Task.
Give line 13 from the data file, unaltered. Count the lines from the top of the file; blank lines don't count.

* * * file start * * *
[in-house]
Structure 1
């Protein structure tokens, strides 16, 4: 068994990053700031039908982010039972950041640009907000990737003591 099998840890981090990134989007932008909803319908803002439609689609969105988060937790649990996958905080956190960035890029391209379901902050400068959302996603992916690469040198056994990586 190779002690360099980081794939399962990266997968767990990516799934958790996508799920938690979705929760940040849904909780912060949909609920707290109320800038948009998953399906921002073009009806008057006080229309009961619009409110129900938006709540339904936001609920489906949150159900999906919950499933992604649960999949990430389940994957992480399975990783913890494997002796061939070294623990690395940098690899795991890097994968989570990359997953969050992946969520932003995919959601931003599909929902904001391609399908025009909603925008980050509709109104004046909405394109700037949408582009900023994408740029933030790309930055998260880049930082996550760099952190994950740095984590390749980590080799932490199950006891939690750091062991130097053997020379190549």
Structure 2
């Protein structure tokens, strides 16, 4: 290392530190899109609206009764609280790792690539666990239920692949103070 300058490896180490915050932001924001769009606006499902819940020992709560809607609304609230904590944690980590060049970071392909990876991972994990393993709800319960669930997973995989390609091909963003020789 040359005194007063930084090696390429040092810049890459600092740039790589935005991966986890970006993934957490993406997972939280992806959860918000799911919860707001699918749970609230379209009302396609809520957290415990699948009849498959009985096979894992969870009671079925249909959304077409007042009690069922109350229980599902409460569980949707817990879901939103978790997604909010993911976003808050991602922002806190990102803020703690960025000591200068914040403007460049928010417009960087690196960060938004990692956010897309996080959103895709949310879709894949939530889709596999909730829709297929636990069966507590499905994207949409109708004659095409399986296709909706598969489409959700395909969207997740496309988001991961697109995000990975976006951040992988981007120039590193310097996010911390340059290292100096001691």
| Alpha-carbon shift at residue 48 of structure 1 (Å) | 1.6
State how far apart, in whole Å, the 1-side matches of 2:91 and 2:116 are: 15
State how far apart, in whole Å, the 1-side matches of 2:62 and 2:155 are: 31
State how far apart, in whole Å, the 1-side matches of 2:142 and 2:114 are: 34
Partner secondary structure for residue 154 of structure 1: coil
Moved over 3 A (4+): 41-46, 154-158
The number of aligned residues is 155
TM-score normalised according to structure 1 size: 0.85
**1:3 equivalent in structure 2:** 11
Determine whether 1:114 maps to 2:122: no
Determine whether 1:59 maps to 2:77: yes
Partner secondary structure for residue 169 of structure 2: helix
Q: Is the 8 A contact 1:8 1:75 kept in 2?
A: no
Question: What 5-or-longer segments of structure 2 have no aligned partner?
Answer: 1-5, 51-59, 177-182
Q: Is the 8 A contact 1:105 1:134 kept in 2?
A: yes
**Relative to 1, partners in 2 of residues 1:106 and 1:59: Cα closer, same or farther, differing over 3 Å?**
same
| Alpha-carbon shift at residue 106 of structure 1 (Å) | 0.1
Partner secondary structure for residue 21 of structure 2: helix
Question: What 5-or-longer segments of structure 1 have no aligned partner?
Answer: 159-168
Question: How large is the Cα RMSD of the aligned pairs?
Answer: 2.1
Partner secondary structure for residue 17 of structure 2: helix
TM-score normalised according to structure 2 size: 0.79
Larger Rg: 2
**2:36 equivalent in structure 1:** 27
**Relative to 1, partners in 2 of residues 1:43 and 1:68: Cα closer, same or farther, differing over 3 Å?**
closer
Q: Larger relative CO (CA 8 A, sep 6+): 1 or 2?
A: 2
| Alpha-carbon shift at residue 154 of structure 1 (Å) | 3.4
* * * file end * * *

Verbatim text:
TM-score normalised according to structure 1 size: 0.85